When contemplating the deployment of TFA forces in Pittsburgh, there's one other aspect of the PA education picture to keep in mind.
Pennsylvania's 14 state-owned universities have been experiencing tough times. The economic forces brought bear on them include budget moves by a governor who is not a friend of education, and simple demographics. The college-age population of PA has been shrinking, and most schools are suffering a corresponding decline in enrollment.
That has led to rumors of cuts, proposals for cuts, and actual cuts. For one example of how this has played out, we can look at the state university in my neighborhood, Clarion.
In August of 2013, Clarion sent out emails to incoming freshmen headed for the education department that their department was probably going to be axed. Their completion of the program was assured, but they would be the last. Later in the month, Clarion unveiled its "right-sizing" plan which did indeed include dissolving its education department. Since that time, University management has backed away from the original scope of the plan, but it is still unclear how much of the backing away represents real change and how much it represents trying to reframe with new, less-alarming language.
Clarion is a particularly disturbing case, because they started out as a "Normal" school; their core mission has always been training teachers. Now that mission is in doubt. (You can read some current news coverage here, and you can watch the whole mess unfold in real time here ) Similar dramas are unfolding across the system, each dealing with the financial pressures in their own way (the one common thread-- music programs are dropping like flies).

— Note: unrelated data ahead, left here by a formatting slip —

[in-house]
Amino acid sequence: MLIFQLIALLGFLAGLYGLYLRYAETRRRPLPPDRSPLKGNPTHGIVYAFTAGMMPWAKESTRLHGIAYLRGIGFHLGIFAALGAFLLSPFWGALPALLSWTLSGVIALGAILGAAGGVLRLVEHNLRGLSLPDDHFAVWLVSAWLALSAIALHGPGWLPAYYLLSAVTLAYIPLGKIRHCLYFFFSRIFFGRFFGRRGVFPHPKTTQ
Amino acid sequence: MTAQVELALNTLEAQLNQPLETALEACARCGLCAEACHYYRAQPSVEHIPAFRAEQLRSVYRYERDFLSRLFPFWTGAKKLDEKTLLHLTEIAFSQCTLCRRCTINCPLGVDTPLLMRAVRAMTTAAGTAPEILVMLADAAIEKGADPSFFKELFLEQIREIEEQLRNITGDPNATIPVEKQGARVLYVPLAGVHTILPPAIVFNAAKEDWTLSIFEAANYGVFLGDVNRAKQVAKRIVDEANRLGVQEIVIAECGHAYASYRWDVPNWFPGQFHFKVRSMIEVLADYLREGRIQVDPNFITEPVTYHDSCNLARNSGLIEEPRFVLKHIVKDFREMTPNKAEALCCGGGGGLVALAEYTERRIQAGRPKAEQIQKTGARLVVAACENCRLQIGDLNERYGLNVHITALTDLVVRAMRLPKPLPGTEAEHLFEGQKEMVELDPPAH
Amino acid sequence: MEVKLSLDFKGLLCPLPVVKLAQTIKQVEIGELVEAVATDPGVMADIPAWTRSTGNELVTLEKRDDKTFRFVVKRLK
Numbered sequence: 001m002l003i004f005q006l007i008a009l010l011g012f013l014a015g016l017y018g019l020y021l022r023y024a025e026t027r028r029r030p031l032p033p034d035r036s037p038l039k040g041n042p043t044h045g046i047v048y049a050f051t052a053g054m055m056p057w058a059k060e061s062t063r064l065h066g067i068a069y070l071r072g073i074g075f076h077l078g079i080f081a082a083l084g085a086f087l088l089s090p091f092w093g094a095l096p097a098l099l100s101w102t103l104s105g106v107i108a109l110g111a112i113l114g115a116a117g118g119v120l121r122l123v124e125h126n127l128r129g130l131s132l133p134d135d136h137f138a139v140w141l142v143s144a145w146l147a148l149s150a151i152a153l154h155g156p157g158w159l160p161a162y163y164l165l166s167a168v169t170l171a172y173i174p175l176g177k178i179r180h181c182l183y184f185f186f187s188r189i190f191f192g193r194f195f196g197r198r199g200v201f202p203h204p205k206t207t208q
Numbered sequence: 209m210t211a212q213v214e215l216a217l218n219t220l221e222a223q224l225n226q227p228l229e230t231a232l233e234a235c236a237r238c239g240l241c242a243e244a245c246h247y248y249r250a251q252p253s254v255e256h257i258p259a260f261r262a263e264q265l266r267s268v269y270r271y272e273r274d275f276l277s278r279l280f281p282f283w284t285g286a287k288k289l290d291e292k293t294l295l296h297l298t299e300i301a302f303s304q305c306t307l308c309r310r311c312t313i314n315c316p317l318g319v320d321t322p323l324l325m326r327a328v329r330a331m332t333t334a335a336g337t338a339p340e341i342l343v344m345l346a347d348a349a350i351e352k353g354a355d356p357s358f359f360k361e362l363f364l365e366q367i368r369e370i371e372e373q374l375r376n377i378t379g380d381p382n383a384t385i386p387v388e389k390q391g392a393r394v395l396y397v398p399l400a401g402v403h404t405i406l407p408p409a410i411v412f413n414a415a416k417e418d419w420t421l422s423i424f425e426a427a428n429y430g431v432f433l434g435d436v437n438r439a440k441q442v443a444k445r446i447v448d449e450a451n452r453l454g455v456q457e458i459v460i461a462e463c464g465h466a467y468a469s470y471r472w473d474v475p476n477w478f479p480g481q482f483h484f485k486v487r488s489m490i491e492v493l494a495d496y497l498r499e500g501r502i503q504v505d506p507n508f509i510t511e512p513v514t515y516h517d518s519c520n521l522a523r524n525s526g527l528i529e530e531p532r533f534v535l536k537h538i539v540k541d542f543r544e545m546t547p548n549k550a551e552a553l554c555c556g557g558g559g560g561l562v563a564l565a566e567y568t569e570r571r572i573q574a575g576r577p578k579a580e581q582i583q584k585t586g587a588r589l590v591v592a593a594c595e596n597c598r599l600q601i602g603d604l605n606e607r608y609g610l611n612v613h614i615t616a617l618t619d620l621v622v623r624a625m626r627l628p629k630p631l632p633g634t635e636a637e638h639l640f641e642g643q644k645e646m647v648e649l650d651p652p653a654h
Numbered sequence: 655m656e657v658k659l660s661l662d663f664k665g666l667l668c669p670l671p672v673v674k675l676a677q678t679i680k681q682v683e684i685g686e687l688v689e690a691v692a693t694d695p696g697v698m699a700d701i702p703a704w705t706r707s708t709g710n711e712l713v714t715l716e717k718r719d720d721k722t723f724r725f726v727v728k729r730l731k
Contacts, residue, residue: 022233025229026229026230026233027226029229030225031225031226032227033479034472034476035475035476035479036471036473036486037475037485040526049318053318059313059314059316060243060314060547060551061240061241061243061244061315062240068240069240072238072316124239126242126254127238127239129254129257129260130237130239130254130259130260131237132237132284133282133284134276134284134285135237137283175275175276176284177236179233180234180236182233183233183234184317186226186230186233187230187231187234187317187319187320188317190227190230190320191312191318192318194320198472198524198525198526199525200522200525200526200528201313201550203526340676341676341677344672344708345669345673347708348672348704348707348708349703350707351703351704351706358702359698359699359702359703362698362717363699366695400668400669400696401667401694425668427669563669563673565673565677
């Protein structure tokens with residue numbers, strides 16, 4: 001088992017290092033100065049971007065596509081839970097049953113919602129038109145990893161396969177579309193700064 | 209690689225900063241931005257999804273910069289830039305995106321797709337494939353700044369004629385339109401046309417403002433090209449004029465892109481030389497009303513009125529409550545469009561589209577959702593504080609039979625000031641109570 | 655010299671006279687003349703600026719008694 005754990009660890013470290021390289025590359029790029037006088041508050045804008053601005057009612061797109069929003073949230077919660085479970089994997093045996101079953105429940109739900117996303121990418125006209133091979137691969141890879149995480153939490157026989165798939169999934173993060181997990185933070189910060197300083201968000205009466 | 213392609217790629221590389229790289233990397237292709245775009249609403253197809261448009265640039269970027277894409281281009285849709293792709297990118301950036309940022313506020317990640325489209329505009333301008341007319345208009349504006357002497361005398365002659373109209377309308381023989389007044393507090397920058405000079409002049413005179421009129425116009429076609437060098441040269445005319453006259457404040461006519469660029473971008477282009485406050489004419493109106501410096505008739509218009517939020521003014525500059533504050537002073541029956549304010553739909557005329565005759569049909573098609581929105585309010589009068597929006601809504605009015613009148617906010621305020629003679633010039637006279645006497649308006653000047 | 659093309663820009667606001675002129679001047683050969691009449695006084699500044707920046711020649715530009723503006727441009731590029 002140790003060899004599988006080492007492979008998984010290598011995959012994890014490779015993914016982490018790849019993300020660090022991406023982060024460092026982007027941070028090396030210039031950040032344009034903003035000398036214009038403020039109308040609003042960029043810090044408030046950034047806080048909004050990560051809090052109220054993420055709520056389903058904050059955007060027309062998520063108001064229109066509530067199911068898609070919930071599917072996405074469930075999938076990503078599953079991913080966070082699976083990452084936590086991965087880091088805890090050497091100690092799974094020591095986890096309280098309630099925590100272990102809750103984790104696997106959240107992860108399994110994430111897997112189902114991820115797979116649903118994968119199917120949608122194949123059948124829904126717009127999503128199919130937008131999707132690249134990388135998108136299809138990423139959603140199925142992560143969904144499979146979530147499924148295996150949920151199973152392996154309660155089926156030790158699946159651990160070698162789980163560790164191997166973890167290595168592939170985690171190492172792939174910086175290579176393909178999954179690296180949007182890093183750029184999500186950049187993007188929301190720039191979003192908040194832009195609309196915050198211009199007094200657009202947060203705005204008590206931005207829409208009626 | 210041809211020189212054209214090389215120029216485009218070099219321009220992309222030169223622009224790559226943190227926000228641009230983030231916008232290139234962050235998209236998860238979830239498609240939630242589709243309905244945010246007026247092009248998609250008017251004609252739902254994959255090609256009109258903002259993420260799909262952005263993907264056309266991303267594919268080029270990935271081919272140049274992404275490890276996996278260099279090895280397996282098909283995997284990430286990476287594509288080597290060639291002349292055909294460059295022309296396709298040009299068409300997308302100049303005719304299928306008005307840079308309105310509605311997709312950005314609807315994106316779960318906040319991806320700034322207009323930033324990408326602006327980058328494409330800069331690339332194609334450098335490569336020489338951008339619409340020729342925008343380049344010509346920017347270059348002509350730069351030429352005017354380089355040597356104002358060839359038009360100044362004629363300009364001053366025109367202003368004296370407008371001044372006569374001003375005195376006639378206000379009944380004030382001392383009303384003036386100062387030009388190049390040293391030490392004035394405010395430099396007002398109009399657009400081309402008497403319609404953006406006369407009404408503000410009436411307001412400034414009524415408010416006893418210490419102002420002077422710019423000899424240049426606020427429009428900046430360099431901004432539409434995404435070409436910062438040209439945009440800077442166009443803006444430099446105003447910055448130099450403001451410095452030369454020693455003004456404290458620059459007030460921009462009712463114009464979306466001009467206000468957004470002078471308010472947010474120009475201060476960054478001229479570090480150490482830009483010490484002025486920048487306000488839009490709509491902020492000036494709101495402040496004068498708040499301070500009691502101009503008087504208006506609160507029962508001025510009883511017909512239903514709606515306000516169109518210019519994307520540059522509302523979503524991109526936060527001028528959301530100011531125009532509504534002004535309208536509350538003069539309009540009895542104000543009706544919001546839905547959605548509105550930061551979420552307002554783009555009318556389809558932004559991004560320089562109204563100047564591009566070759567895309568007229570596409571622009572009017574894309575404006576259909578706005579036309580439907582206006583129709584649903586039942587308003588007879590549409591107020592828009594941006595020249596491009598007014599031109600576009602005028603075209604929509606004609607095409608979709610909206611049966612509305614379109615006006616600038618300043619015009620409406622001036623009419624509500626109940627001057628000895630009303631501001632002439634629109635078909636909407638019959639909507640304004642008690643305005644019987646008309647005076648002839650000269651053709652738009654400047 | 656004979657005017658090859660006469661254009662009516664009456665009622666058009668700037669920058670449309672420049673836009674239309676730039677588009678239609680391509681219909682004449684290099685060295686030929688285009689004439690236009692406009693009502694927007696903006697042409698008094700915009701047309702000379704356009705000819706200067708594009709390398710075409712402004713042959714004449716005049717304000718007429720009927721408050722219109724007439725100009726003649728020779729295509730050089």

Let's hold this up against the backdrop of the TFA assault on Pittsburgh schools.
You're 18 years old and you are thinking about becoming a teacher. You look around at your state system, and you see an uncertain future. Maybe the program you want to (or can afford to) enroll in will still be there; maybe it won't. Maybe it will vanish out from under you midway through your college career.
But meanwhile, we are supposed to believe that Pittsburgh schools have a shortage of teachers, and that PA needs a TFA field office to help draw more non-teachers into teaching.
So as a future PA teacher, you have to wonder if you should even go into a teaching program, and if you do, will you need to compete for scarce jobs with well-connected ivy leaguers?
If there really is a teacher shortage in Pennsylvania, would it not make sense to work on the pipeline, to support and strengthen teacher training programs and give them the tools to recruit and thrive? If Pennsylvania needs teachers, why is Pennsylvania not trying to create more?
Where is the STEM initiative for educators? After all, nobody is saying, "Hey, we don't have enough scientists and engineers, so lets give graduates with humanities degrees a five week course and send them out to make sciency stuff." No, what we said was, "We need more people in this field, so lets beef up the support, funding, training, and recruiting."
TFA in Pittsburgh doesn't just hurt in the short run. In the long run, it exacerbates the very "shortage" it pretends to address. Combined with the downsizing of universities in PA, it send s a clear message to young Pennsylvanians-- "If you were thinking about becoming a teacher, you should probably think about something else instead."